Tutor profile: Victoria W.
Subject: Study Skills
How can I be more motivated and organized in my studies and during my college courses?
The biggest thing to remember is to work "consistently" as well as keep visual planners to help you stay on track. Here is a helpful outline addressing some of the obstacles we face in motivation and organization: * Create a schedule: -Visual "monthly" Calendars help with completing daily, manageable tasks (time management) -Knowing your schedule ahead of time helps you stay motivated and on time! -Picture the day: know the order of events during the day -Work "consistently" (For success, break things down, complete your daily goals, create a rewards system to be and stay stress free) *Break Big Projects into Smaller Ones: -Goal: Make big projects easier to manage -Example: If you are breaking down a science/research project, first come up with an idea, then list materials needed, and then gather the supplies before doing the experiment (think in "stages" whatever your project or homework may be) *Think about what has worked for you in the past as well! -Were there any organizational skills that seemed to help you best? What were they? -Visual learner = visual calendar; auditory learner = recording notes you say and listening back to them
Subject: World History
Why has there been a disengagement of studying Welsh art and its attributes/connections to Wales’ national identity, particularly during the Medieval era?
In David R. Howell’s “Telling the Story of Welsh Art—But is Anyone Listening?” Howell discusses the increased pressure that the National Museum Wales (the body which would be responsible for creating a National Gallery) is in the approach of displaying national art collections and narratives. The imperative nature of this is best captured in the following quote from Howell’s article: “Welsh art and artists had long been marginalized since they lacked an exhibition area dedicated to them.” Furthermore, the establishment of a National Gallery would both combine and extend Wales’ highly unique cultural art stemming back from the ancient of days. Perhaps when one thinks of Medieval history, and immediate thought that comes to mind is that of England as a whole and perhaps not as broken down as it can be. In addition to Howell’s conclusions, Amanda Richardson’s “Anglo-Norman Parks in Medieval Ireland” offers the significance and use of archaeology in a Celtic nation in order to further excavate “leads” which in turn provides connections and significances to the field of applied arts. Natural preserves or the sites where Medieval kingdoms once stood are also significant leads to be further studied in the hopes of retrieving additional Welsh applied arts and artifacts.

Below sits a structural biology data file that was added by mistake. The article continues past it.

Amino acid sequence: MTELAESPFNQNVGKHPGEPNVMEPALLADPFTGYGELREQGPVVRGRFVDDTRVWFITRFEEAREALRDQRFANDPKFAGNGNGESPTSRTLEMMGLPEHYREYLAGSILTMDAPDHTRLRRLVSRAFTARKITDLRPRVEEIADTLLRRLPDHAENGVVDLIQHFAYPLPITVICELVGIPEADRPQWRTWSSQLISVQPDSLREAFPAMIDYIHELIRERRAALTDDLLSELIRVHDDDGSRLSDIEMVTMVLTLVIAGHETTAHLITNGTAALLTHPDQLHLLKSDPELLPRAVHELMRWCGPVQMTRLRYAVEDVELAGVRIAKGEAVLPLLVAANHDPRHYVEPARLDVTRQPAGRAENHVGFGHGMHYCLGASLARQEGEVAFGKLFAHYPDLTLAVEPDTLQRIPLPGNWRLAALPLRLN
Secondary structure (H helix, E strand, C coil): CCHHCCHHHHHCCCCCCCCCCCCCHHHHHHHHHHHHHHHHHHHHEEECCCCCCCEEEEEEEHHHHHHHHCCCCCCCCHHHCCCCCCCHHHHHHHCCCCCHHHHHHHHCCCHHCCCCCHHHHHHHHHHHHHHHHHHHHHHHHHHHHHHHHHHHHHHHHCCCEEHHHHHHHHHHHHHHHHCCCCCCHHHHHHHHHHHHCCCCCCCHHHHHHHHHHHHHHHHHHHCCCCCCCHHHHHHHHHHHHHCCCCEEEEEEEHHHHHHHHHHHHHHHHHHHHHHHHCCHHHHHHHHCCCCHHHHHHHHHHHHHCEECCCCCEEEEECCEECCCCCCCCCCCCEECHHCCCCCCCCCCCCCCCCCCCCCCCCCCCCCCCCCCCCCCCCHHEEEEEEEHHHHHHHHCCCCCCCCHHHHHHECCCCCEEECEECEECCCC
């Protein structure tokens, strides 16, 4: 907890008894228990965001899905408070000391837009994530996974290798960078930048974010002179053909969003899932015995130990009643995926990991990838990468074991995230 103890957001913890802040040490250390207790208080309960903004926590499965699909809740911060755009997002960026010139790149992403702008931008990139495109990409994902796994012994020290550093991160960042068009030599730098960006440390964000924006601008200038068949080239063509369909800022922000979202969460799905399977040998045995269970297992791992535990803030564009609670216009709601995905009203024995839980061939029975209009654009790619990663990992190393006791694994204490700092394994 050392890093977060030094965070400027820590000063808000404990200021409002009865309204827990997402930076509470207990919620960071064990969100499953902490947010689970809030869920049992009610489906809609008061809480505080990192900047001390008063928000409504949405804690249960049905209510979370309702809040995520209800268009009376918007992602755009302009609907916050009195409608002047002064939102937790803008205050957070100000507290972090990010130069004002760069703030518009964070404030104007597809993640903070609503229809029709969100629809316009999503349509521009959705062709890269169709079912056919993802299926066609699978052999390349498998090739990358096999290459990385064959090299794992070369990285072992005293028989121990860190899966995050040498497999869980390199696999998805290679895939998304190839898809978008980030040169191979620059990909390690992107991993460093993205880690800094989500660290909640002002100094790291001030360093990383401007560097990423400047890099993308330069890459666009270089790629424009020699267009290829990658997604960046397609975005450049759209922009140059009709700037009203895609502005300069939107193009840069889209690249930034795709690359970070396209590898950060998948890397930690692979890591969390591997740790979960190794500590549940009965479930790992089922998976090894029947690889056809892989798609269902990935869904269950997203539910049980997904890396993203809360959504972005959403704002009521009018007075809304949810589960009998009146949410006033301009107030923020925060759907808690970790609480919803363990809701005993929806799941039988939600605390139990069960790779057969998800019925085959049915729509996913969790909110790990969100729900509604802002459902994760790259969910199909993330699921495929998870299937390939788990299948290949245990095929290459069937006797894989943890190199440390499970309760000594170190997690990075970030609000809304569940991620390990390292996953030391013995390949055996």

Subject: Art History
Per the topic of Native American history and art history, what are historiographical sources one can review pertaining to the early American/British North American era?
Art Historians examine the objects themselves, the authenticity of it, and takes into consideration the oral history of the people groups that made the objects. Along with examining true primary-source historiographical works and publications of the chosen time period, the art historian must also rely on archaeological and scientific evidence to make valid and factual conclusions. The role and journey of the art historian is by no means an easy one, but most definitely a worthwhile one. Sources that can be examined are both primary and secondary in nature. Primary historiographical sources such as “Propositions made by the Five Nations of Indians, viz. The Mohaques, Oneydas, Onnondages, Cayouges, & Sinnekes, to his Excellency Richard Earl of Bellomont, Capt. General and Governour in Chief his Majesties Province of New-York, &c. in Albany, the 20th of July, Anno Dom. 1698” and American Indian Agent Conrad Weiser’s are important articles to examine, as they reflect the direct observations and writings of early American settlers on the topic of Native American culture and common artifacts. Pertaining to the American Revolution era, primary historiographical sources such as Rufus Merill’s 1838 “A Collection of Indian Anecdotes” (which will need to be utilized due to a lack of primary historiographical writings readings Native American art during the Revolution), the secondary sources of Deborah Lee’s “The Revolutionary Period, 1771-1783,” and “The Native Americans: An Illustrated History” are also key sources to examine. Although one may be limiting in the next, the additional sources listed, when used together, can provide exceptional historiographical sources when studying early Native American art history.
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